Mediterranean waters are warming at a rate of around two degrees per 100 years in the western Mediterranean and in some places, like L’Estartit on the Costa Brava, up to three degrees per century. This is the conclusion reached by researchers from the Spanish marine research institute ICM-CSIC in the journal “Journal of Marine Science and Engineering”. The results were based on evaluation of long-term data from the last 30 years and were measured in all water depths.
Sea level rises 2.8mm annually
The salinity of the Mediterranean Sea is higher than that of the Atlantic, for example, because more water evaporates than is added by rivers flowing into the inland sea. Exchanges with the Atlantic are very limited because the Strait of Gibraltar is a close connection. In addition, it was found that the sea level is rising on average about 2.8 millimeters per year. A significant acceleration in this development has been observed since the 1990s.
New heat record at Sonnblick
threat to biodiversity
According to other studies, the increase in water temperature and salinity is endangering biodiversity in the Mediterranean. In the warmer Mediterranean waters, there are now nearly 1,000 non-native species that are spreading further north and west each year, displacing native species in the process, wrote the environmental organization WWF.
Some native species, such as Adriatic sturgeon and deep-sea cardinal, are threatened with extinction. Huge jellyfish are a problem for fishermen and tourists alike, and the climate crisis is increasing the risk of extreme weather.
What to do against the heat?
Hottest July ever measured expected
According to estimates by the EU climate service, Copernicus, and the chief climatologist of the US space agency NASA, Gavin Schmidt, July 2023 will be the hottest July in the world in the history of measurement to date. Schmidt emphasized on Thursday: “We are seeing unprecedented changes around the world, the heat waves we are seeing in the US, Europe and China are breaking records.”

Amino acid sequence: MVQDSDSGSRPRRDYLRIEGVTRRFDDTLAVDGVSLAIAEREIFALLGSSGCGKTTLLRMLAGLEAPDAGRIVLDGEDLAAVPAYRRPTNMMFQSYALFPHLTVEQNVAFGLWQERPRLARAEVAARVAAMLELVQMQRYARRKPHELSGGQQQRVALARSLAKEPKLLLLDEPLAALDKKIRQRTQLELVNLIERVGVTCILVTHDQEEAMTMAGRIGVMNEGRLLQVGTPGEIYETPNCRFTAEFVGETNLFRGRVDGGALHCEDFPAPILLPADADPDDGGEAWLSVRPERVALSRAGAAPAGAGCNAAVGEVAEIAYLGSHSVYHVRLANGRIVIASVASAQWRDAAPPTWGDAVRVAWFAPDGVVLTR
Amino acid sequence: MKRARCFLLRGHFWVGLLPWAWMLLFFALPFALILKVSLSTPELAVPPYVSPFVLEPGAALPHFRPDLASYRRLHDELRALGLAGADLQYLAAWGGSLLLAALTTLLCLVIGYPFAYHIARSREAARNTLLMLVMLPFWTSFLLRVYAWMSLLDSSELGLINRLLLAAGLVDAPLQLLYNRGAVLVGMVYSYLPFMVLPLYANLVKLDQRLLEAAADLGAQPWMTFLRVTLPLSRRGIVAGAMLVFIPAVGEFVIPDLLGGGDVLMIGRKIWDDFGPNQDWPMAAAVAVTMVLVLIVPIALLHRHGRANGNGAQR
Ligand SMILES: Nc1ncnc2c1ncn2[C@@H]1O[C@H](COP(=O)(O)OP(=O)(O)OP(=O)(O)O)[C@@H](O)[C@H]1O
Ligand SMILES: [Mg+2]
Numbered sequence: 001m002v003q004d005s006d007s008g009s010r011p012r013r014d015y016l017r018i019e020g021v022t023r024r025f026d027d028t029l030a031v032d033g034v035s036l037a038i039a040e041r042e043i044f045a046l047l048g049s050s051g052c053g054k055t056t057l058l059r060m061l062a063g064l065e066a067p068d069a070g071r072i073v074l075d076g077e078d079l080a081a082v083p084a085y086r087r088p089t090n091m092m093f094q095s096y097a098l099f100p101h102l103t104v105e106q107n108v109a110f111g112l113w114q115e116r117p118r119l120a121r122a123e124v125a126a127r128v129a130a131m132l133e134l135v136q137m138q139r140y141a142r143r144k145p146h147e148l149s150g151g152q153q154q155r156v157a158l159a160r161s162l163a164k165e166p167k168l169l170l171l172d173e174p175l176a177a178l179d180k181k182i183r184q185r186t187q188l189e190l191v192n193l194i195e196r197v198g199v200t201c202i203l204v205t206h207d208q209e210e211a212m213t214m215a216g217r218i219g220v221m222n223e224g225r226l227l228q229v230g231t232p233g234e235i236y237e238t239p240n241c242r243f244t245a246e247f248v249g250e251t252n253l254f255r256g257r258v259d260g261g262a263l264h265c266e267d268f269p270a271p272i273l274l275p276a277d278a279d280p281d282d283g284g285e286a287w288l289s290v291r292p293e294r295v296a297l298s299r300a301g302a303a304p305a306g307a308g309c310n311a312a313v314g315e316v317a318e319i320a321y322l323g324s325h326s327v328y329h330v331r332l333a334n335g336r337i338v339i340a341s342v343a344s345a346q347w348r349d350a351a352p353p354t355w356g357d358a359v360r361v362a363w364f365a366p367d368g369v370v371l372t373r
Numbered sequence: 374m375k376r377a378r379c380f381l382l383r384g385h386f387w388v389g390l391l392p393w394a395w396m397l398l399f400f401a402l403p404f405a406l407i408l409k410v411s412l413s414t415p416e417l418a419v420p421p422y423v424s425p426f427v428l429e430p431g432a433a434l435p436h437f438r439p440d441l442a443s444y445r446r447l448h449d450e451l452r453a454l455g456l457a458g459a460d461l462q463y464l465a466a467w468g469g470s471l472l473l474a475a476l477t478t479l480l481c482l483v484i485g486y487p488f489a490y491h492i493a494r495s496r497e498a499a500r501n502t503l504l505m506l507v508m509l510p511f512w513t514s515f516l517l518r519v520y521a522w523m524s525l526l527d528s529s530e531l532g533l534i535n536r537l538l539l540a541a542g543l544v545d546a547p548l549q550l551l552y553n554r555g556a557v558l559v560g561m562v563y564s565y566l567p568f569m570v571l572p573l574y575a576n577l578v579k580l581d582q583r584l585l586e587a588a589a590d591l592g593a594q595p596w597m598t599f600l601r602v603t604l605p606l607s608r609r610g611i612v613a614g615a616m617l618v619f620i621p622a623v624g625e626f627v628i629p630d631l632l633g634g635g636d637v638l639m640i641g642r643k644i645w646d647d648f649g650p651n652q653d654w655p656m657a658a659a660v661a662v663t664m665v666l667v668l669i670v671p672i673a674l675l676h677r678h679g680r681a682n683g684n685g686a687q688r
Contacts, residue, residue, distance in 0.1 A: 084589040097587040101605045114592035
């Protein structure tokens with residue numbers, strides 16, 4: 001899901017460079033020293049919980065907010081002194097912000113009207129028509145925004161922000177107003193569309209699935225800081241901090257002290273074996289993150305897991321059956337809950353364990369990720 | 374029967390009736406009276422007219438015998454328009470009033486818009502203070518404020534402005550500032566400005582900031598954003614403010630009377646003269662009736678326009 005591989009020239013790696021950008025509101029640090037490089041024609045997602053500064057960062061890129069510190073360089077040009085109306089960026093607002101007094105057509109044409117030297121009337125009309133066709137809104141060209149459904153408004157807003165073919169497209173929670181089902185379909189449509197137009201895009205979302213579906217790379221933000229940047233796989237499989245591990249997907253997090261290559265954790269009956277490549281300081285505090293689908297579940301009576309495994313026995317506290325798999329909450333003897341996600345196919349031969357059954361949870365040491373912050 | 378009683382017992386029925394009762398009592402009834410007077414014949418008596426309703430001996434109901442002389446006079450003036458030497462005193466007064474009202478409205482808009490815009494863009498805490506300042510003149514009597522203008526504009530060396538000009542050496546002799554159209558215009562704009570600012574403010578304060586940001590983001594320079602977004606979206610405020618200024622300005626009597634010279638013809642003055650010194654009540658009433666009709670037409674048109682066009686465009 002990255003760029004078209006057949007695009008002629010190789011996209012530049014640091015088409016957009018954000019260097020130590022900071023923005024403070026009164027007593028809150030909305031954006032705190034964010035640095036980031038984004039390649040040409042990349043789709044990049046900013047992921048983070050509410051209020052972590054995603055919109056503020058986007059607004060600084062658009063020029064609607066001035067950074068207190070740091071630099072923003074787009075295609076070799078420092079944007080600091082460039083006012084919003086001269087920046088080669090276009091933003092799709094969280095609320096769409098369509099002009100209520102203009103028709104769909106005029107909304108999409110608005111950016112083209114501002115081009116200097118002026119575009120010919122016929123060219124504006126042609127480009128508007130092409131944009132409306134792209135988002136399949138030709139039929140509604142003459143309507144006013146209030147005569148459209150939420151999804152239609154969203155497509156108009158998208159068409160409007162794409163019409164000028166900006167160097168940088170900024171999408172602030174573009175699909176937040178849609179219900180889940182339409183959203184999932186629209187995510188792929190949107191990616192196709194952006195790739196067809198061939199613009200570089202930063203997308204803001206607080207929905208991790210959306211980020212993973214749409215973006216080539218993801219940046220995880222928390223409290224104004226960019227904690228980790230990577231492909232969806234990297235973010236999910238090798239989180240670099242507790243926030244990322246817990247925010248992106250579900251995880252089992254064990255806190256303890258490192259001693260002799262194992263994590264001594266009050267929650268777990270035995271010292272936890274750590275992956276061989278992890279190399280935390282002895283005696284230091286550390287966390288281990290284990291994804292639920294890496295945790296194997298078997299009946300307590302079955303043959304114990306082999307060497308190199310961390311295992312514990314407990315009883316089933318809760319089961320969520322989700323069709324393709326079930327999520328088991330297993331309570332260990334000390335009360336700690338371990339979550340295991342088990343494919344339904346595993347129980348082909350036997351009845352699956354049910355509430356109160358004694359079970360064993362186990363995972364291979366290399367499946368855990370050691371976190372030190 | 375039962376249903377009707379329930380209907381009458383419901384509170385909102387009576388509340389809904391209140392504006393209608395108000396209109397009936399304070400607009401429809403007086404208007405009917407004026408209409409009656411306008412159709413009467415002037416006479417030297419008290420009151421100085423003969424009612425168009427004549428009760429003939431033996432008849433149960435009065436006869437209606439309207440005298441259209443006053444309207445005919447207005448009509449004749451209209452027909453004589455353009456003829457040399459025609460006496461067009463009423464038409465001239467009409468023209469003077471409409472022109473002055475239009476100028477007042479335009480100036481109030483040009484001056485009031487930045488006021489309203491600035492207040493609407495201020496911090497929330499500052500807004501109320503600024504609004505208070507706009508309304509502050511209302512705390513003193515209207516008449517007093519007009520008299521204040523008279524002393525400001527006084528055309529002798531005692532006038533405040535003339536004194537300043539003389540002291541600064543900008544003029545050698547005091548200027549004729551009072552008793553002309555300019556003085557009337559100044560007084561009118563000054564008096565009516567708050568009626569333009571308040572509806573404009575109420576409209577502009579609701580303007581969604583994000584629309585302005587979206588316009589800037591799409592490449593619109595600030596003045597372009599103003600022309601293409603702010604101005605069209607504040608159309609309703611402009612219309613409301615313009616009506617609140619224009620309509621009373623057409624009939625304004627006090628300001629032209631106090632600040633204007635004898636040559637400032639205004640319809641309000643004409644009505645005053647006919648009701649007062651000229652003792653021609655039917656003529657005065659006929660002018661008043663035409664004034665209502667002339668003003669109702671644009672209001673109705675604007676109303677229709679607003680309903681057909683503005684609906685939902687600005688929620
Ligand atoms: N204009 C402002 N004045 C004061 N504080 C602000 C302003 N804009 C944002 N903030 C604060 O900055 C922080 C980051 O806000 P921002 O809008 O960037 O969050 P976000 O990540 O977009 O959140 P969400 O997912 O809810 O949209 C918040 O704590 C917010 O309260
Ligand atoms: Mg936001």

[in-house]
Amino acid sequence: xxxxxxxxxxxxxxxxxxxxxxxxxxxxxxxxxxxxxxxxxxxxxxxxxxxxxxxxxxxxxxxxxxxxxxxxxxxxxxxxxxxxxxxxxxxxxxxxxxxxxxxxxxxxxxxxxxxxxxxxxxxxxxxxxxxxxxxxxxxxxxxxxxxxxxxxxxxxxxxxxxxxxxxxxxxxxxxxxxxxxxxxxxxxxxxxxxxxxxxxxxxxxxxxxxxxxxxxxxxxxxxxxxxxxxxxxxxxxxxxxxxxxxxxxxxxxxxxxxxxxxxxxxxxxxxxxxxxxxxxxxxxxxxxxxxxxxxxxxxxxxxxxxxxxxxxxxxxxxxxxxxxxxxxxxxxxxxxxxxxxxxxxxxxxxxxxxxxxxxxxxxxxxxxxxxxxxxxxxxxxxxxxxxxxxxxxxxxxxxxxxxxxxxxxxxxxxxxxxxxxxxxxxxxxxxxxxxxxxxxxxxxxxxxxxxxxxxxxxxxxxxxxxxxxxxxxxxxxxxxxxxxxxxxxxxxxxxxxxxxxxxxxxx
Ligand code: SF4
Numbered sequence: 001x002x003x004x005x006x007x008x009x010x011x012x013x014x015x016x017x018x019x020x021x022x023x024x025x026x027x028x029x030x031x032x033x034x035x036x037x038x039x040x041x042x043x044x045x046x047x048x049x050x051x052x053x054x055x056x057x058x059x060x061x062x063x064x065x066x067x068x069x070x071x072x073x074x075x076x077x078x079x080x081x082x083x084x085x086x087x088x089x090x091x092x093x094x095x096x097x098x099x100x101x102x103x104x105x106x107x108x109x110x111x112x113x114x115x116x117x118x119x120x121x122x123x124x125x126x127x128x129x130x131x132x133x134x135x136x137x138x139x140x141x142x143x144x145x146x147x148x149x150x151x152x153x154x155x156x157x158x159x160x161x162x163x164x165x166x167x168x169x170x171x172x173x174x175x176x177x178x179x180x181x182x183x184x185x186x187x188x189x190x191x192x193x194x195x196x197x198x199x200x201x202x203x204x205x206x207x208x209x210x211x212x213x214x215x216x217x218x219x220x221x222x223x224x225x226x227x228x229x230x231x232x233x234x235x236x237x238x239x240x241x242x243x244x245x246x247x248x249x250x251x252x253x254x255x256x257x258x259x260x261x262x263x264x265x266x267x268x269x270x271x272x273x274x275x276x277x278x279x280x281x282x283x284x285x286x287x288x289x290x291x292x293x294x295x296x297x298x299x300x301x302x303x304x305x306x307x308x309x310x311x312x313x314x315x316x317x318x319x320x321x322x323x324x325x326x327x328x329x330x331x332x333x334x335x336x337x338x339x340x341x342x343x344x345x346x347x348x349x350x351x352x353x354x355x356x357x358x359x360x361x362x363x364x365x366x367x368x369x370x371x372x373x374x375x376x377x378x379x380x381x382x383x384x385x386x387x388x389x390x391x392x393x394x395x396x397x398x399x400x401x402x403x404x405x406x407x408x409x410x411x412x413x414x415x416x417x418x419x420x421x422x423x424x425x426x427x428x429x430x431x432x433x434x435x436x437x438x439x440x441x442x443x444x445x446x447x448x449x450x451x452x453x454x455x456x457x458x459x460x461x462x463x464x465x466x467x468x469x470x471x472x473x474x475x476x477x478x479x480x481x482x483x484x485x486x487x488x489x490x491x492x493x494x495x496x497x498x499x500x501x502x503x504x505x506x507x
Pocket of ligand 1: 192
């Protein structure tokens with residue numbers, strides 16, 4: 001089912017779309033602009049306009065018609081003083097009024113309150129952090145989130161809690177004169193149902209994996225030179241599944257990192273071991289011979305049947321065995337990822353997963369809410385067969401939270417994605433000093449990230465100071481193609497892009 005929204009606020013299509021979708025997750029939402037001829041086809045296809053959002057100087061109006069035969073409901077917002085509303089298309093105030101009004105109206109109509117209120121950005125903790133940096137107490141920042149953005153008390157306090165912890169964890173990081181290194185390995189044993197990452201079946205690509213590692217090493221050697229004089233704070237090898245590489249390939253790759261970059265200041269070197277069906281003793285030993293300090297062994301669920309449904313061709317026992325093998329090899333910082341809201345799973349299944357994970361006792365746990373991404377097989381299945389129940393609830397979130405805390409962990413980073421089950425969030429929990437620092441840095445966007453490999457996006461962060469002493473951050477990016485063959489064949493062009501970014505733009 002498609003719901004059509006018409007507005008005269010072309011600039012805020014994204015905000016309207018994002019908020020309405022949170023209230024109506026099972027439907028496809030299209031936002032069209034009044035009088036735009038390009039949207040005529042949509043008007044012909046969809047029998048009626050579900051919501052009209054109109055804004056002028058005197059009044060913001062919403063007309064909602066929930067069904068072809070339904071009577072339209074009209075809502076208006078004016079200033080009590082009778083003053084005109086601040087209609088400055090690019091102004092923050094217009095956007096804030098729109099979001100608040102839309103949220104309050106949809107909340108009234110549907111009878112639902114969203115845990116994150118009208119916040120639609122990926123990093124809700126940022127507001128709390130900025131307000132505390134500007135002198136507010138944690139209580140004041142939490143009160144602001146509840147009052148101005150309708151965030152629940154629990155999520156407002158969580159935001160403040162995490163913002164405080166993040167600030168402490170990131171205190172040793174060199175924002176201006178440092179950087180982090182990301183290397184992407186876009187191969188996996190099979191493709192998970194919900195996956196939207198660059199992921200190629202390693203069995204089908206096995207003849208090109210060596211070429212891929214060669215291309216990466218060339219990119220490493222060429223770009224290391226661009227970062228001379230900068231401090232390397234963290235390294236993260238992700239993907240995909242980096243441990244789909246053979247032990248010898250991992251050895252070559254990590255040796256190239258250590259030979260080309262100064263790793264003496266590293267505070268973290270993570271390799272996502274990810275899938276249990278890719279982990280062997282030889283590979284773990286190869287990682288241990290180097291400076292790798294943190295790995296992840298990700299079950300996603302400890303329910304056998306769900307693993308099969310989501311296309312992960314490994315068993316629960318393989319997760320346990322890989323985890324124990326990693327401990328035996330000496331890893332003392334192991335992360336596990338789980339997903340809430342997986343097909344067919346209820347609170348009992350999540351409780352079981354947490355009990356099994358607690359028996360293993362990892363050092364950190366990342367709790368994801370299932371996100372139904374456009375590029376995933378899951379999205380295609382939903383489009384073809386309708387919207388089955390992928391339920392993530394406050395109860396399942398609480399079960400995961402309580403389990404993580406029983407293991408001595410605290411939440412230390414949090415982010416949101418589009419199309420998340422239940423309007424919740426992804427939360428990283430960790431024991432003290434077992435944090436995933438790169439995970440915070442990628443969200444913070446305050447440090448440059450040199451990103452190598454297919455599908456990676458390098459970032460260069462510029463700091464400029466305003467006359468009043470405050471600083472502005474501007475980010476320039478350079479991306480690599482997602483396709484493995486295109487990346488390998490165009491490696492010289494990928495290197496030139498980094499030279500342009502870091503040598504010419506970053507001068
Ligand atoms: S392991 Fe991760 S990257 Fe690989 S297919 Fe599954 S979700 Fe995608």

Several heat spikes have already been overcome this month, according to measurements from the EU and the University of Maine, which use ground and satellite data to model preliminary estimates.
While they differ slightly, the extreme heat trend is unmistakable and likely to be confirmed by the most robust monthly reports from US officials, Schmidt said.
Schmidt: Heat mainly in the oceans
Furthermore, not only the climatic phenomenon “El Nino” can be blamed for the effects, which “have just begun”. Even if “El Nino” plays a small role, it is “global heat, virtually everywhere, especially in the oceans”.
There have been record sea surface temperatures, even outside the tropics, and this has been going on for many months, Schmidt said. The climatologist also assumes that development will continue “because we continue to emit greenhouse gases into the atmosphere”.
The world has warmed by almost 1.2 degrees Celsius since the mid-19th century. The consequences of this are extreme weather phenomena, such as severe droughts, more violent storms and more intense heat waves. Asia, Europe and North America are currently suffering from prolonged heat waves. High temperatures cause health problems like heatstroke and cardiovascular problems, not to mention the impact on glaciers.